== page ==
13 Ways to Strengthen Your Children’s Ministry

Prioritize your children’s ministry and it will strengthen your church’s present and future.

More than one person has said, “Our students and children are the future of the church.”* That statement is true, but it’s also insufficient. Children and students are part of the church now, and we’ll lose them if we don’t minister well to them today. Here are thirteen ways to strengthen your children’s ministry:

1. Enlist your best workers for this ministry.

Don’t allow just anyone to work with children; find your absolute best, even if it means pulling them out of adult classes.

2. Train the workers well.

Willingness to serve does not automatically equal ability to serve. Enlist your best, and then continually train them. Help them know how to lead children in 2018. The strategies aren’t the same as in the 1980s.

3. Establish clear security protocols.

The bottom line: nobody who hasn’t passed a background check should be working with minors, and wandering through your church’s children’s ministry area without clearance should be almost impossible. Take all steps necessary to protect your children.

4. Upgrade your facilities for children.

Provide sufficient space for them. Make sure every door has a window for security purposes. Purchase furniture that’s appropriate for children. Paint the walls bright colors. Get rid of the clutter. Make your children’s areas a place to which children want to come.

5. Don’t lower the bar when teaching children.

Find the best material, and teach it well. Assume your children want to learn about God. They’re probably more open to it than many of your adults are.

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6. Capitalize on media resources.

Our children have grown up with video, computers, and the Internet. To not use strong Christian media-based resources is to miss an opportunity to teach our children well.

7. Develop a church membership and beginning discipleship class for children.

When children choose to follow Christ, the biblical demands on their lives aren’t different than adults. Help them get started well as new believers.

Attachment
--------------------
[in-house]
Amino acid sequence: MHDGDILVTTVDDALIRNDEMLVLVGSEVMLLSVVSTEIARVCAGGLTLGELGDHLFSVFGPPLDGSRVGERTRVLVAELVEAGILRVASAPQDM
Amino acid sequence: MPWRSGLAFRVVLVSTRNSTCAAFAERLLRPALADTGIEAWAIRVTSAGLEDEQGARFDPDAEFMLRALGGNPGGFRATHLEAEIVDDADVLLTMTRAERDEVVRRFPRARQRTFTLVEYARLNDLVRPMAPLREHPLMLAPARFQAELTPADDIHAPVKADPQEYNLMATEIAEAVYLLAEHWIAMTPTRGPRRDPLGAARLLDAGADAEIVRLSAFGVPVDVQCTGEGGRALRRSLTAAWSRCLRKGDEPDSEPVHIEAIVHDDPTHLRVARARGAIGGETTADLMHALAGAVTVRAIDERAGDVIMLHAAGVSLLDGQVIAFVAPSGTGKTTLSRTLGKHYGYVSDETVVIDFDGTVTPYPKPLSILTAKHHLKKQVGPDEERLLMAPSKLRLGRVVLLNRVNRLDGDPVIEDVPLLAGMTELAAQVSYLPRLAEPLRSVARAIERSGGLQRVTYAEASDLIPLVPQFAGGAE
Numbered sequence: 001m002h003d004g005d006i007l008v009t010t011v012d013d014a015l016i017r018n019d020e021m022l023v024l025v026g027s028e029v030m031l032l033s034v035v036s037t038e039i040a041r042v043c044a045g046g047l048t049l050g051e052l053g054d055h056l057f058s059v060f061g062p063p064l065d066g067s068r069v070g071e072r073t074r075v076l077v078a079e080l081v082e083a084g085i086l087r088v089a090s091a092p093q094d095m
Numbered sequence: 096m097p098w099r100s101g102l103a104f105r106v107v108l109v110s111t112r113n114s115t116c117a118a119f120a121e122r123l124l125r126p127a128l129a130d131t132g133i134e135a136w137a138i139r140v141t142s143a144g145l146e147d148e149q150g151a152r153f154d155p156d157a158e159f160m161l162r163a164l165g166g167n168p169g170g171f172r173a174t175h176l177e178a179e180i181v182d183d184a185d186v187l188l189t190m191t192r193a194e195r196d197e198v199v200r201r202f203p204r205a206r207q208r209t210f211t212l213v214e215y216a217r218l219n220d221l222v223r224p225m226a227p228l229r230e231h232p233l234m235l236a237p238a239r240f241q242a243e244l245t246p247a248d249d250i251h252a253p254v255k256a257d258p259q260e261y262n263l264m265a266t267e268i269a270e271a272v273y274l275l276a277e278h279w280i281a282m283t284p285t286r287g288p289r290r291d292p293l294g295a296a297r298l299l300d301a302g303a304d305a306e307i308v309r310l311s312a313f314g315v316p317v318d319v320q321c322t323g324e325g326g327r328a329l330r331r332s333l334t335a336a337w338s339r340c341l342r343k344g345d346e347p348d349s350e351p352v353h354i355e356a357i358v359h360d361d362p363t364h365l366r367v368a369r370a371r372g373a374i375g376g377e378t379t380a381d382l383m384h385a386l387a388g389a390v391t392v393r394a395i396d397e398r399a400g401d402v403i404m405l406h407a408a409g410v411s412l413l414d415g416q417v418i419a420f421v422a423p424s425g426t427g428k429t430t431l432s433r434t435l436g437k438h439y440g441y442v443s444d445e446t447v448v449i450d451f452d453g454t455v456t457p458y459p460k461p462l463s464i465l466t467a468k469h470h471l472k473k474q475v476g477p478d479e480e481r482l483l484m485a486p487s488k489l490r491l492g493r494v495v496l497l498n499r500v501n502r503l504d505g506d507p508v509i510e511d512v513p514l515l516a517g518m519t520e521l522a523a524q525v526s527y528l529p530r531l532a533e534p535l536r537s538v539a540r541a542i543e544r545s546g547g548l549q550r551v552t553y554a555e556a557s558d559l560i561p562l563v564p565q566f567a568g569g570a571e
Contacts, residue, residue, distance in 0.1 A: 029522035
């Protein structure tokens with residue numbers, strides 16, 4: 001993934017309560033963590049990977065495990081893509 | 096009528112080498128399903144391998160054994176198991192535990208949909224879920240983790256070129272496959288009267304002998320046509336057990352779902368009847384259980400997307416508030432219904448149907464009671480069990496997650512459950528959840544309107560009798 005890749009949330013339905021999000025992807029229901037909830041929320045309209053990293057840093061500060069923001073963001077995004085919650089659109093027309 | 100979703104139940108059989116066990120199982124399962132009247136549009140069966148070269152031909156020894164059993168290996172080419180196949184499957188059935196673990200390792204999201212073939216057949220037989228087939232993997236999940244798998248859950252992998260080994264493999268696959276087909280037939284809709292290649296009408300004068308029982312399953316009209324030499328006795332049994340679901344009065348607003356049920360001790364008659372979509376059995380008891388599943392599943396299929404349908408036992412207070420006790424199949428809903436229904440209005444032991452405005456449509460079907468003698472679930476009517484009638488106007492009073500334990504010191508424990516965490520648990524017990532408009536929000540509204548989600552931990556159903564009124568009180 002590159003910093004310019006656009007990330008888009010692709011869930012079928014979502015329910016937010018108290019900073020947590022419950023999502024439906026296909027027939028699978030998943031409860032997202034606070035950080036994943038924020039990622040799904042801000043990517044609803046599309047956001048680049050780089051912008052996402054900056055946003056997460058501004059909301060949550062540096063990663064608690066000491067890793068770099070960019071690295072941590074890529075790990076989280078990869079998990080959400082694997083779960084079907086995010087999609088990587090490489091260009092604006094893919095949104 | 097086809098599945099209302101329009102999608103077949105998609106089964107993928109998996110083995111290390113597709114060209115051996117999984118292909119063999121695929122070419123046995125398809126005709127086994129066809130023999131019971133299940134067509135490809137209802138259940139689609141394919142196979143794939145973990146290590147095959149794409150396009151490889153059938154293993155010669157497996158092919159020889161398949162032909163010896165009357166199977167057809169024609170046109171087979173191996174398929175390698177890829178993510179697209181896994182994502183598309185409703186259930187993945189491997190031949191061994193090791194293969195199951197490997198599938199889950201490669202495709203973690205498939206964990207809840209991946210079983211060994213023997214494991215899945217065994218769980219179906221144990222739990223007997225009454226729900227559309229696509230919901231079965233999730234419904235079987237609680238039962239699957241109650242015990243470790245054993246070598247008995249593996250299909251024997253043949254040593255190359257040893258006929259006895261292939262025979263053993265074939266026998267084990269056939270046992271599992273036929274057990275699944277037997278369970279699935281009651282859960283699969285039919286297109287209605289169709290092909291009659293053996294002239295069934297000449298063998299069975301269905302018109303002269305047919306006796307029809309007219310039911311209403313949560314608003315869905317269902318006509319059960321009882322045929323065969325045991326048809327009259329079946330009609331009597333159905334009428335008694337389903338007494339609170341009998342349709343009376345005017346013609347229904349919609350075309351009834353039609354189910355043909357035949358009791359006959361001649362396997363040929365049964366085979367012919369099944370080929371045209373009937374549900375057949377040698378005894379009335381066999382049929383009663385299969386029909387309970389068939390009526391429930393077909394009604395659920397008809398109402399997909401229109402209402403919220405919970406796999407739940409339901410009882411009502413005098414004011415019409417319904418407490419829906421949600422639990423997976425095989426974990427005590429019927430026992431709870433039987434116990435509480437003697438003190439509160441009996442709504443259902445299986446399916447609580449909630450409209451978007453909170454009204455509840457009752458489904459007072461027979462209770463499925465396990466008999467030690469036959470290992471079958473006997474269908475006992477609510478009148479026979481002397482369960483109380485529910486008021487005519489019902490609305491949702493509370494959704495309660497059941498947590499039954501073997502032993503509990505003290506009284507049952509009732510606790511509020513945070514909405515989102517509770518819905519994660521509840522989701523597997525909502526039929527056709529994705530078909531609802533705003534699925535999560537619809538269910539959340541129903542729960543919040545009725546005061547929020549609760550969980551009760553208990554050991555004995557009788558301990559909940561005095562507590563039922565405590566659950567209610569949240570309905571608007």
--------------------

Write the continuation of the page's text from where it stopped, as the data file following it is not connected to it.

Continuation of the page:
8. Hang out with the children.

If you’re a church staff member, your church’s children need to see you and know you apart from “big church” and the pulpit. Walk through their areas every Sunday. Talk to them. Get to know their names. Listen to their stories. Love them.

9. Kneel when talking to children.

Respect and love them enough to lower yourself to their eye level when speaking to them. Something’s just different when they see us face-to-face.

10. If you’re a preacher, remember the children in the audience.

Use illustrations that appeal to children. Call them to attention occasionally by saying something like, “Boys and girls, let me tell you a story” or “Kids, let me explain this word to you.” If your children are listening, it’s more likely your adults will be, too.

11. Establish prayer partners with children.

Imagine what might happen if assigned people in your church prayed weekly for every child in your ministry. Connect the generations by establishing an intentional plan to do so.

12. Get more men involved.

Traditionally, we’ve relegated children’s ministry to females, perhaps more by default than by intentionality. Children need the witness and example of both men and women in their church, though. I believe this move is so important that I’ve just begun the process to get training and security clearance to work with children in our local church.

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13. If your church has off-campus small groups, don’t forget the children.

It’s one thing to supervise them in a separate room while adults discuss the Bible; it’s another thing to intentionally teach them the Word, too, while their parents are meeting.

What would you add to this list?

*A portion of this post first appeared at ThomRainer.com.

Chuck Lawless is dean and vice president of graduate studies and ministry centers at Southeastern Seminary in Wake Forest, North Carolina, and global theological education consultant for the International Mission Board of the Southern Baptist Convention. This article was originally published on ChuckLawless.com.